Breast Cancer Awareness Month

Breast Cancer Awareness Month As part of breast cancer awareness month Mr Ross has published alongside the Genesis in Manchester looking at the role of contralateral mastectomy for breast cancer prevention. (link to publication list). Drawing awareness to the role of prevention and helping patients who have had a diagnosis of breast cancer or a potential risk of breast cancer and providing adequate information is an essential part of care. Only with accurate information will patients be empowered to make their own decisions.

Mr Ross has been featured in BAPRAS voice discussing how patient focused models of care is changing treatment for the better:-

”Breast cancer remains the most common malignancy for women in the UK and the leading cause of death for women aged 34-54. Increasingly genetic testing has been used to help determine risk and target women who can be offered treatment prior to the development of breast cancer. Recommendations are available through the recently published NICE guidance For patients who develop malignancy in one breast genetic testing can also help to determine risk and target women who can be offered treatment to prevent the chance of another malignancy in the opposite or contralateral breast. Although through the 1990s there has been a shift from mastectomy to breast conservation, the rates of mastectomy – especially of the contralateral breast – appear to have increased. The management of the contralateral breast remains controversial and we have recently published evidence to suggest that a survival advantage does exist for patients who are genetically tested positive for the BRCA 1/2 mutation carriers who have chosen to undergo contralateral mastectomy.

Patients are increasingly more aware of the advancements in the management of breast cancer and across the UK there remains a need to provide patients with unbiased, evidence based advice on the pros and cons of contralateral mastectomy. The decisions need to be discussed at a multidisciplinary meeting and require the involvement of dedicated breast care nurses and patient support groups. Together a patient focused model of care will allow patients to make important choices in their own management.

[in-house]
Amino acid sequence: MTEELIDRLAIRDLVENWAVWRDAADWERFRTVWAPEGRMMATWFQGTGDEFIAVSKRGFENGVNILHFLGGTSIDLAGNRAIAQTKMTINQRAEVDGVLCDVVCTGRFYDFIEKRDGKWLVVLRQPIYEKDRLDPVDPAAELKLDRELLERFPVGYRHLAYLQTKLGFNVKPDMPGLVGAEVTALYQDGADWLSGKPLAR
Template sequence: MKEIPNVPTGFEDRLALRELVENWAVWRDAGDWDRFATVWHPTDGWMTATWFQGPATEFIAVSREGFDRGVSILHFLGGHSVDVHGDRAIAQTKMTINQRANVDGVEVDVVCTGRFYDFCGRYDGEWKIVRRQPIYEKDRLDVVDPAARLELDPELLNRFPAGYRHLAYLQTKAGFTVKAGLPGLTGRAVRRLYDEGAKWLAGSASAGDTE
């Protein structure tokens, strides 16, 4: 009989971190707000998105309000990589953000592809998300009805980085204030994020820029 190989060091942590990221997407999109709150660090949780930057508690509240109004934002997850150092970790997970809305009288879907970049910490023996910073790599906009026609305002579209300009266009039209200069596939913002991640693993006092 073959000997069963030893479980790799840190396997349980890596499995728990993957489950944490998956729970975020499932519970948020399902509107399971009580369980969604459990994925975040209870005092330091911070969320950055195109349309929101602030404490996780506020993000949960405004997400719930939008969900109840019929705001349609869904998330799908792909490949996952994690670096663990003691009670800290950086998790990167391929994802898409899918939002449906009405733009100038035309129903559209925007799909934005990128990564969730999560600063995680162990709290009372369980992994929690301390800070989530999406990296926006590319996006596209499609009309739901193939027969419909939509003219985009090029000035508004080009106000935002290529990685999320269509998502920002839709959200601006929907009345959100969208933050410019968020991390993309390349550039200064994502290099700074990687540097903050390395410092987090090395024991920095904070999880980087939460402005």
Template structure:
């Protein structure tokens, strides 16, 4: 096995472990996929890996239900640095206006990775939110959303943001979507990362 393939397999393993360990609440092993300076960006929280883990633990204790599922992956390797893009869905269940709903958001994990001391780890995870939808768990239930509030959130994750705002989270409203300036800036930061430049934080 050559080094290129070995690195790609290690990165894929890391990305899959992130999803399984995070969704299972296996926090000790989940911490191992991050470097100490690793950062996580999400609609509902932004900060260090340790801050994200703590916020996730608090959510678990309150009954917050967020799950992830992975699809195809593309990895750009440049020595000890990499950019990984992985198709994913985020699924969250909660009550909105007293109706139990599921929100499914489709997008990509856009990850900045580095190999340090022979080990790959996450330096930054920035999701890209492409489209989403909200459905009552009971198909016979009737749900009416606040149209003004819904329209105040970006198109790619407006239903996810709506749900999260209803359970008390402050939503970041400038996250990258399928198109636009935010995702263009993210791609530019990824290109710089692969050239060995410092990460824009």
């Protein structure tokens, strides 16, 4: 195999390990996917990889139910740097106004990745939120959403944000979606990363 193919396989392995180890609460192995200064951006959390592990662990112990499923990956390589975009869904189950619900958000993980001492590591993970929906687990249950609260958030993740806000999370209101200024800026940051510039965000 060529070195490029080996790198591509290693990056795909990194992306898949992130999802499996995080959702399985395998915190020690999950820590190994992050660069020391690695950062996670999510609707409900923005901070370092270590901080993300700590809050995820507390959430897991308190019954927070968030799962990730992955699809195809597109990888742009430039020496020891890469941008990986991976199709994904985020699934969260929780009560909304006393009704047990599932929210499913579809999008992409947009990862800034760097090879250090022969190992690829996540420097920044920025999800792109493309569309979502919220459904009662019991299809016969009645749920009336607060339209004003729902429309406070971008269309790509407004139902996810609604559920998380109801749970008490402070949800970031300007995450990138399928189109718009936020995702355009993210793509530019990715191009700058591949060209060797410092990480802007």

Having encouraged patient empowerment and patient focused groups throughout my career, the Breast Cancer support group ‘Keeping Abreast’ is one example of a successful patient support model. It has enabled a number of my patients, who have helped each other through the reconstructive process, to further develop this patient focused model across cities such as Manchester. Keeping Abreast was founded in 2007 in Norwich, by three women who recognised the need for peer support for women living with breast cancer. It is crucial for women both newly diagnosed with breast cancer and facing the possibility of mastectomy, as well as those considering reconstructive surgery, to meet and talk with women who have been through similar experiences and view reconstructions first hand.&lquo;

The launch in Manchester for keeping abreast was highly successful and there is hope that this avenue of patient delivered care will be developed further in Manchester.